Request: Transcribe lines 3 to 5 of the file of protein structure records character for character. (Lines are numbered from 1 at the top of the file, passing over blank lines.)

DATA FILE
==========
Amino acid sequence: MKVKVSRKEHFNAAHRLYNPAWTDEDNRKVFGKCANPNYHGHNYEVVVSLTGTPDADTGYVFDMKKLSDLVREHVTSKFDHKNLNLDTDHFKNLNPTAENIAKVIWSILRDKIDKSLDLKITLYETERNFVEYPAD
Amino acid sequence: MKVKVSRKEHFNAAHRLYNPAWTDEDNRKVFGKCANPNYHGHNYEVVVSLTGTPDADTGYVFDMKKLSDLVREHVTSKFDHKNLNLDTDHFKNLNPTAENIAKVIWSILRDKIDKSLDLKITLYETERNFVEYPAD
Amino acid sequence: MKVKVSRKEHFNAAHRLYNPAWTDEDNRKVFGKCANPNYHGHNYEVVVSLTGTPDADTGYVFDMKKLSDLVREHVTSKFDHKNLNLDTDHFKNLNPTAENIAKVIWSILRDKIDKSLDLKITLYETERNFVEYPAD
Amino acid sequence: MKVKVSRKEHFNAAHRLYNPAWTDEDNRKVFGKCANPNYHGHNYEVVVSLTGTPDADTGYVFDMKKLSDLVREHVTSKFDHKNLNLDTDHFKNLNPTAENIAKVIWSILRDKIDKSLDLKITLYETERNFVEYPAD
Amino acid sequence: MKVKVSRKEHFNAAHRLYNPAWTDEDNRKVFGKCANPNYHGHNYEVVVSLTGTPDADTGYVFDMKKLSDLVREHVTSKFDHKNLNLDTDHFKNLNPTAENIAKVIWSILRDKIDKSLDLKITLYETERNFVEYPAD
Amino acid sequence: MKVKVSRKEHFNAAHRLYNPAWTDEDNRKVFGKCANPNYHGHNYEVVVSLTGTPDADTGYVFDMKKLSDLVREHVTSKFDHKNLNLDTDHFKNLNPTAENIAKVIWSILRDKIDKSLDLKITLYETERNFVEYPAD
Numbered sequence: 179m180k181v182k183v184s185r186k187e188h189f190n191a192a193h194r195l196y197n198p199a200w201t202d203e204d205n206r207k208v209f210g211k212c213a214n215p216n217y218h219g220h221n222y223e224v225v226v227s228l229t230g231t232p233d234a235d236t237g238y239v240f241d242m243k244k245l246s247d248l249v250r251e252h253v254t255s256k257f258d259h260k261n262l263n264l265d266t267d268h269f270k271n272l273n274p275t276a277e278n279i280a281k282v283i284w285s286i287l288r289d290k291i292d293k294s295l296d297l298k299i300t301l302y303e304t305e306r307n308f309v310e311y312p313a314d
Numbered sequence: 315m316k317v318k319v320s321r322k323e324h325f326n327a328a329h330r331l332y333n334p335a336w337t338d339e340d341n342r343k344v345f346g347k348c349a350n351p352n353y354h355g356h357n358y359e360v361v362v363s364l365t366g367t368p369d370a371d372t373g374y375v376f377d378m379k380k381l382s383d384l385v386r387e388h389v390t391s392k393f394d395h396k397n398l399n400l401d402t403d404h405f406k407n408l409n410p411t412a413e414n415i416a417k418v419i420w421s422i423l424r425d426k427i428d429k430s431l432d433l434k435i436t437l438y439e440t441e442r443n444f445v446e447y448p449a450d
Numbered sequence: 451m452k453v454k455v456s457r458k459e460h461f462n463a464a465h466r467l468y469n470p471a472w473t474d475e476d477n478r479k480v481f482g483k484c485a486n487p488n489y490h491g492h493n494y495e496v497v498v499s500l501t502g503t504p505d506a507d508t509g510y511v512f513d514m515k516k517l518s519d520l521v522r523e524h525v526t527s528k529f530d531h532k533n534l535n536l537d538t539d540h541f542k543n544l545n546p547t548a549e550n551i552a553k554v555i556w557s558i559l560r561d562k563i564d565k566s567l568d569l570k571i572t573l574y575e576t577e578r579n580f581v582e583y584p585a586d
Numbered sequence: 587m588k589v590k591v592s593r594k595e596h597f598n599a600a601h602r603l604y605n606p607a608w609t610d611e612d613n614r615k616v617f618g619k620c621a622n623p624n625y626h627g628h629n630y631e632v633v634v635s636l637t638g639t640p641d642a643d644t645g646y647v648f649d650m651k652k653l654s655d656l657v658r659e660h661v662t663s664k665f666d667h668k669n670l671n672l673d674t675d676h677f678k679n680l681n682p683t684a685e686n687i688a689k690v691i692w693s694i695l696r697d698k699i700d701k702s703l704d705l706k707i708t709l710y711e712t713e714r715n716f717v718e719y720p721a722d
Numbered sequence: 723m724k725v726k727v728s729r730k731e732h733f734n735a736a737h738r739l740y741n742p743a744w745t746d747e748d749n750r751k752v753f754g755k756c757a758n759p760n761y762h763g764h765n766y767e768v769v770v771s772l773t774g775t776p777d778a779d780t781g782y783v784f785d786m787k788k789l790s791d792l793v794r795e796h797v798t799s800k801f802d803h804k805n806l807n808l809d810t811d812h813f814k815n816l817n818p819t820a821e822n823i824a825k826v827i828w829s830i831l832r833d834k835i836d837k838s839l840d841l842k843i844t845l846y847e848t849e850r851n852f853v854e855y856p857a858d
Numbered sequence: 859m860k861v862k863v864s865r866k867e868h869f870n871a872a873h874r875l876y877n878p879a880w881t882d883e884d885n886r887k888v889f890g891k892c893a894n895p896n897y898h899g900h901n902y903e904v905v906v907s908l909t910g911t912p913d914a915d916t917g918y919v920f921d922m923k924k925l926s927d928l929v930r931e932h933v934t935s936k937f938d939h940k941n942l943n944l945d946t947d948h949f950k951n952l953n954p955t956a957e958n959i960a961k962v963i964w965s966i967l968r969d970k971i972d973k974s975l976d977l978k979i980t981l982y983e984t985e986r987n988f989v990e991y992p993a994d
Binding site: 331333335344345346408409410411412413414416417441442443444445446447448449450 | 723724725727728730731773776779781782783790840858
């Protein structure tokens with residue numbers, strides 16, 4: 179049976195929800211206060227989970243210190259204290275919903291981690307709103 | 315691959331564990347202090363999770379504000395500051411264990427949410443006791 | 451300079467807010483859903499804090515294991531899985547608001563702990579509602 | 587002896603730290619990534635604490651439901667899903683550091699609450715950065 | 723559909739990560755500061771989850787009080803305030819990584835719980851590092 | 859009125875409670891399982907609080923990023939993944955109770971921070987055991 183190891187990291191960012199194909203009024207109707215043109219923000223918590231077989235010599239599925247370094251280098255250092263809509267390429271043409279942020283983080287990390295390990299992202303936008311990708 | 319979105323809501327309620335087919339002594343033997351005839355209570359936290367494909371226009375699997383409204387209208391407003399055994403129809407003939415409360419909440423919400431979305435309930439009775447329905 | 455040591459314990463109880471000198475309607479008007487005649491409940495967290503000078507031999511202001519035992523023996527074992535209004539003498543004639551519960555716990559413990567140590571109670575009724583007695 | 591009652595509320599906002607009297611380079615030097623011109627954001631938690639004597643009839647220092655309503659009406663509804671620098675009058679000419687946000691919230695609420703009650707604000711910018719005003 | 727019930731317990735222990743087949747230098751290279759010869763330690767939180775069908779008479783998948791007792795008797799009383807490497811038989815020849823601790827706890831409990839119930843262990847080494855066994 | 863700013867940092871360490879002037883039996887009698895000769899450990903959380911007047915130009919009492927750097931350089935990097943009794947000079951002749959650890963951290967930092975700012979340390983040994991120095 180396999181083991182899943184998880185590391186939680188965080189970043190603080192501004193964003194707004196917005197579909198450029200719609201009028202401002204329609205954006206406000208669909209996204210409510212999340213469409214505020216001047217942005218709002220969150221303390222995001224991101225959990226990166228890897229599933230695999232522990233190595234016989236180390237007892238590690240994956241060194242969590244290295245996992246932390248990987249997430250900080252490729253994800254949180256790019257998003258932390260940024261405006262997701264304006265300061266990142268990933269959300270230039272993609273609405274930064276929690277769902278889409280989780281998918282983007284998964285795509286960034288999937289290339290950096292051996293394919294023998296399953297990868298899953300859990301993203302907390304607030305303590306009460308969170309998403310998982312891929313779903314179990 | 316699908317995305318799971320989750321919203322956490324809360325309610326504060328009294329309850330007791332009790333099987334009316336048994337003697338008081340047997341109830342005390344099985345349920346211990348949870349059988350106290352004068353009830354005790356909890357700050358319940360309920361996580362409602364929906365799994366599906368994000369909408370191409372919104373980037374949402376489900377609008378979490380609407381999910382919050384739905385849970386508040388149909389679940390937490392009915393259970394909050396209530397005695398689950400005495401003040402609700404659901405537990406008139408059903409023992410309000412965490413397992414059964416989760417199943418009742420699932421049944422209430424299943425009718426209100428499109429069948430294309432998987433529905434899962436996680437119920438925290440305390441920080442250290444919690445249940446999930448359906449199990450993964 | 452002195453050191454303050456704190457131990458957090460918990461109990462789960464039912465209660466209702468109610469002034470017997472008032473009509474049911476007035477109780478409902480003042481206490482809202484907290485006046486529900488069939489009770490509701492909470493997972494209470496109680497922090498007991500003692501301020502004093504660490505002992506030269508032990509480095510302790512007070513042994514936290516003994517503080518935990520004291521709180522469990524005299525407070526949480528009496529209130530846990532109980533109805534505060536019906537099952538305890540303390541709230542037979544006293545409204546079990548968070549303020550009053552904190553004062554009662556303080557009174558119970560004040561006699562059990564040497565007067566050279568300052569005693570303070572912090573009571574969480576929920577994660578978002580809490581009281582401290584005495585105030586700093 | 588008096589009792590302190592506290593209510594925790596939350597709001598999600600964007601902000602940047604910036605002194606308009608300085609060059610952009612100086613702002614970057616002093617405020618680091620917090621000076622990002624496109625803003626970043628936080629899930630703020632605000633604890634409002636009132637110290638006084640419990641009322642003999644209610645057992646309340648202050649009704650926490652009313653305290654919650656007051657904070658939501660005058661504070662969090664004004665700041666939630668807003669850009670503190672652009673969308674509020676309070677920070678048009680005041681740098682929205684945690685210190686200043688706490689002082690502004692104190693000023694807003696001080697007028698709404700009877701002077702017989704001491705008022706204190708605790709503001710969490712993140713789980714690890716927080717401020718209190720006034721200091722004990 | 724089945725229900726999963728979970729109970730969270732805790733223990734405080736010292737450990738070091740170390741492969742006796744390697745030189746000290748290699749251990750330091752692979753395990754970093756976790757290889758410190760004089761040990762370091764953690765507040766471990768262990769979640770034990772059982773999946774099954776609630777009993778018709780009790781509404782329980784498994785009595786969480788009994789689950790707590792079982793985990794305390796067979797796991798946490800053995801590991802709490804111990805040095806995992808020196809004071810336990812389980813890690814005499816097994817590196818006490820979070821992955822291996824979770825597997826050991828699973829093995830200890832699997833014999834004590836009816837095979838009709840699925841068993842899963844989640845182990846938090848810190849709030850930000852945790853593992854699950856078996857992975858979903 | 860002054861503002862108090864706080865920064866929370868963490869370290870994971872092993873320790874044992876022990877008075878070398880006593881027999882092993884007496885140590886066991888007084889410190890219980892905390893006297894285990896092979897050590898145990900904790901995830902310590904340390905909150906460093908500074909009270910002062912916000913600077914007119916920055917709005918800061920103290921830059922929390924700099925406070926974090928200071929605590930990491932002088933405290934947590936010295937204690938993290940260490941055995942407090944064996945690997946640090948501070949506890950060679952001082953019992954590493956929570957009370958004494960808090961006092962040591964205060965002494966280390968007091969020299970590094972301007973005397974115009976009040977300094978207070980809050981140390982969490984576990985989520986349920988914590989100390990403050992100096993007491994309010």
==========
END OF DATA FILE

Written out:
Amino acid sequence: MKVKVSRKEHFNAAHRLYNPAWTDEDNRKVFGKCANPNYHGHNYEVVVSLTGTPDADTGYVFDMKKLSDLVREHVTSKFDHKNLNLDTDHFKNLNPTAENIAKVIWSILRDKIDKSLDLKITLYETERNFVEYPAD
Amino acid sequence: MKVKVSRKEHFNAAHRLYNPAWTDEDNRKVFGKCANPNYHGHNYEVVVSLTGTPDADTGYVFDMKKLSDLVREHVTSKFDHKNLNLDTDHFKNLNPTAENIAKVIWSILRDKIDKSLDLKITLYETERNFVEYPAD
Amino acid sequence: MKVKVSRKEHFNAAHRLYNPAWTDEDNRKVFGKCANPNYHGHNYEVVVSLTGTPDADTGYVFDMKKLSDLVREHVTSKFDHKNLNLDTDHFKNLNPTAENIAKVIWSILRDKIDKSLDLKITLYETERNFVEYPAD